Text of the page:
Movement

I move left and you slip right

down the stairs, bouncing and tumbling

through a night of

righteous indignation and outright

hopes for what could be

more optimistic than your simple

thinking that it’ll all come out

once we come to the understanding

that minute by minute, we’re

losing the way that moved us forward

and back we slide

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Saturday’s Theme Music

We went to see Beehive at the Oregon Cabaret Theater last night. The link is to a newspaper review of the show. Music interspersed with some narrative to set or change the tone, along with clothing, hairstyles, and dancing that evoke the 1960s, is what it was all about.

It was called Beehive for the hairstyle that dominated the era for a long period. That prompted me to wonder what they’d call a musical named after our current error. Fake News? Smart Phone? Fragmented?

The show started in 1960. Most of the early years featured girl group or all female ensembles. Intermission came at the end of 1963.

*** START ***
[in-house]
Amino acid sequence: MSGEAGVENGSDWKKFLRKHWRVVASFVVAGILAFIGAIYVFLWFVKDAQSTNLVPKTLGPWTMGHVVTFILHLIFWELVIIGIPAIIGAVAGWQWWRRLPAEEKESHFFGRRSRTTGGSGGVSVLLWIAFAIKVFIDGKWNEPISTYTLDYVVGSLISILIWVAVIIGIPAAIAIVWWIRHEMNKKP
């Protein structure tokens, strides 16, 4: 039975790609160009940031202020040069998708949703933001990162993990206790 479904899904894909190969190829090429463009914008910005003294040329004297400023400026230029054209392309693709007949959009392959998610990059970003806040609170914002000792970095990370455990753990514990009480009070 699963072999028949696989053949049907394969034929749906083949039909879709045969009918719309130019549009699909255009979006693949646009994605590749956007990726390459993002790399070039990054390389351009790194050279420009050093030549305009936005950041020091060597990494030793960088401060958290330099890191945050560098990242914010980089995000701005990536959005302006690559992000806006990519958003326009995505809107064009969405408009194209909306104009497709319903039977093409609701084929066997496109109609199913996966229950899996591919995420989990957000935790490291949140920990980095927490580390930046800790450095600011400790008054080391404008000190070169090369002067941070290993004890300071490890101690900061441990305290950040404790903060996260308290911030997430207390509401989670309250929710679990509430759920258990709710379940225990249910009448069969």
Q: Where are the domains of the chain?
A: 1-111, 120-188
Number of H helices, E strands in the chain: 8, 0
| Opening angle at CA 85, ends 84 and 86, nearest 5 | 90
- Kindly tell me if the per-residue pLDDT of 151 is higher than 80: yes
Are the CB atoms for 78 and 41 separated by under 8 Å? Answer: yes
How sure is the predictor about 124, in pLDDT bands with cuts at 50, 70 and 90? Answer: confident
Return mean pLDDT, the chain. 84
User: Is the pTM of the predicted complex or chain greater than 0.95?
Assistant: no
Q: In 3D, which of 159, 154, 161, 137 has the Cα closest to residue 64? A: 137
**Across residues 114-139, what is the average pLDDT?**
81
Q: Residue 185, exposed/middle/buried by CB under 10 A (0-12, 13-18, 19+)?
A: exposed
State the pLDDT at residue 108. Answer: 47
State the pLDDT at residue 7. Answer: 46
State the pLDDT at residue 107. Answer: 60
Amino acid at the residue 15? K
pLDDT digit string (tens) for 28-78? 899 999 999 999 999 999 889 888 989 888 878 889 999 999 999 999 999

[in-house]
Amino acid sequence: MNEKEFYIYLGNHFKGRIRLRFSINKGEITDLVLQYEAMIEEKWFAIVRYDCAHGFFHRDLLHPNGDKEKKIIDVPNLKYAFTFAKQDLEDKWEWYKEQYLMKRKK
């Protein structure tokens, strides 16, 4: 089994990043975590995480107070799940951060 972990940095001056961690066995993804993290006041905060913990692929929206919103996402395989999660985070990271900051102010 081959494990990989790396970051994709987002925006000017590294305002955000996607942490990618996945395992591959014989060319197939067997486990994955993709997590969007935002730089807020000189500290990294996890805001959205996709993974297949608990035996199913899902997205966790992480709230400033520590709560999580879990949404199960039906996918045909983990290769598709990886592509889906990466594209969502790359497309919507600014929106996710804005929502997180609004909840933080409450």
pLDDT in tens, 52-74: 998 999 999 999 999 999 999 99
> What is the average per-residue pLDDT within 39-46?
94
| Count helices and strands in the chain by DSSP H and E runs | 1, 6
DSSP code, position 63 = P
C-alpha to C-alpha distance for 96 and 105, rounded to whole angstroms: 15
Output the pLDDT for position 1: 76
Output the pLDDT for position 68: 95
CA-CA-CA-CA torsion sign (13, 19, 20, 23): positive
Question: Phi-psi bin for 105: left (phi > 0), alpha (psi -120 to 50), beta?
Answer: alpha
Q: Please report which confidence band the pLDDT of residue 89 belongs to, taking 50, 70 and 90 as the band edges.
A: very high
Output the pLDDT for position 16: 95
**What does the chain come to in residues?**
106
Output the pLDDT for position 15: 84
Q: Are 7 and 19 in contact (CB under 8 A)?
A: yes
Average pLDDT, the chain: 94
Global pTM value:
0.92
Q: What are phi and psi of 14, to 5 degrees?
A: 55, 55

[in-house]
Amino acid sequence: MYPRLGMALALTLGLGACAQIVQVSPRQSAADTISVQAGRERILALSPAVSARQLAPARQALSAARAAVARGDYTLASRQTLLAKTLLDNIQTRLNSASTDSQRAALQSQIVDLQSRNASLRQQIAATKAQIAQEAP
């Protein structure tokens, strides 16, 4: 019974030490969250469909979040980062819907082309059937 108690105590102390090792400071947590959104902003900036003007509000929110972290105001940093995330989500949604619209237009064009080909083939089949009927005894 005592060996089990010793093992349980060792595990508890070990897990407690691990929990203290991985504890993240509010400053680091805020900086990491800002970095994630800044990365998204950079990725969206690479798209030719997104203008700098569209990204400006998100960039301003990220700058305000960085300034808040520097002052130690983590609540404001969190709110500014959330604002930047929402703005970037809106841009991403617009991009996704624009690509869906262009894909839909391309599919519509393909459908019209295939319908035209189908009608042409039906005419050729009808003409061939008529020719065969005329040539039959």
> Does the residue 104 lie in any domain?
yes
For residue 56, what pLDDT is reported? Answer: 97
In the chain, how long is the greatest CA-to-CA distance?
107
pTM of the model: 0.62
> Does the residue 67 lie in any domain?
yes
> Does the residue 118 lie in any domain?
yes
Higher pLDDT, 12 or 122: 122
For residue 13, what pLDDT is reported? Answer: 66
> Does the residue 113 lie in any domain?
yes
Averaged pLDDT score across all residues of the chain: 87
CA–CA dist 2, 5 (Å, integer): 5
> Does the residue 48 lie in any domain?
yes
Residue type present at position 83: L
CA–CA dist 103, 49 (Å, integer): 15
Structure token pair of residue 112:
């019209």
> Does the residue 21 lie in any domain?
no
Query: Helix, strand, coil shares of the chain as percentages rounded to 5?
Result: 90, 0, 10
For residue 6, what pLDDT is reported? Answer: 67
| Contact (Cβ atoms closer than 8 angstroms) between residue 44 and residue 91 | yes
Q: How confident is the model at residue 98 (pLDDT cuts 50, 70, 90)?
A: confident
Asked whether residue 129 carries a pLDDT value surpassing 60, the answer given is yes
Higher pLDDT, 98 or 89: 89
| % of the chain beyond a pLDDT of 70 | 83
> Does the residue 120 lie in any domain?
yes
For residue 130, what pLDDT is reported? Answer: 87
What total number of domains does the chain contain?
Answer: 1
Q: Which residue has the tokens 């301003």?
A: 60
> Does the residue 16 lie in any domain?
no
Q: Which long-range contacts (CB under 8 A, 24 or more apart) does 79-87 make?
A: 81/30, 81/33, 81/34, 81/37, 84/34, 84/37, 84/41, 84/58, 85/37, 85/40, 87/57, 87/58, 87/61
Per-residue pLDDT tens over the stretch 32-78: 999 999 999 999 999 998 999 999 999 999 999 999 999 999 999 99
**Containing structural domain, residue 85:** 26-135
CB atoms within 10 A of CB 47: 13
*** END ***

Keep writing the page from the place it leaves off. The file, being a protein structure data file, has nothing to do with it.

With ’64 came the Brit pop-invasion, but what really changed the music was America’s evolving politics. If you were present in the mid to late 1960s, you know about the protests, the Vietnam war body counts, the civil rights movement, rioting, discontent, assassinations, and the growing power and influence of television and entertainment.

The subject matter for songs changed from simple, almost naive and innocent about meeting the right boy and falling in love to They did a fantastic job in last night’s show of portraying those changes through dance and music, highlighting singers like Aretha Franklin, Diana Ross, and Janis Joplin, and their diverse styles and mind-blowing performances.

Performances of “Where the Boys Are”, “You Don’t Own Me”, “To Sir with Love”, “Me and Bobby McKee”, and “Chain of Fools” stood out for me. But for today’s theme music, I went with a group of four young women from New Jersey who were there at the beginning.

Wherever these singers, musicians, and songwriters came from, thanks for the ride.

 

Wednesday’s Theme Music

Once again, I found myself humming along and singing along to a song that I’d started streaming, a song that just sort of blending into the general streams flooding my thinking.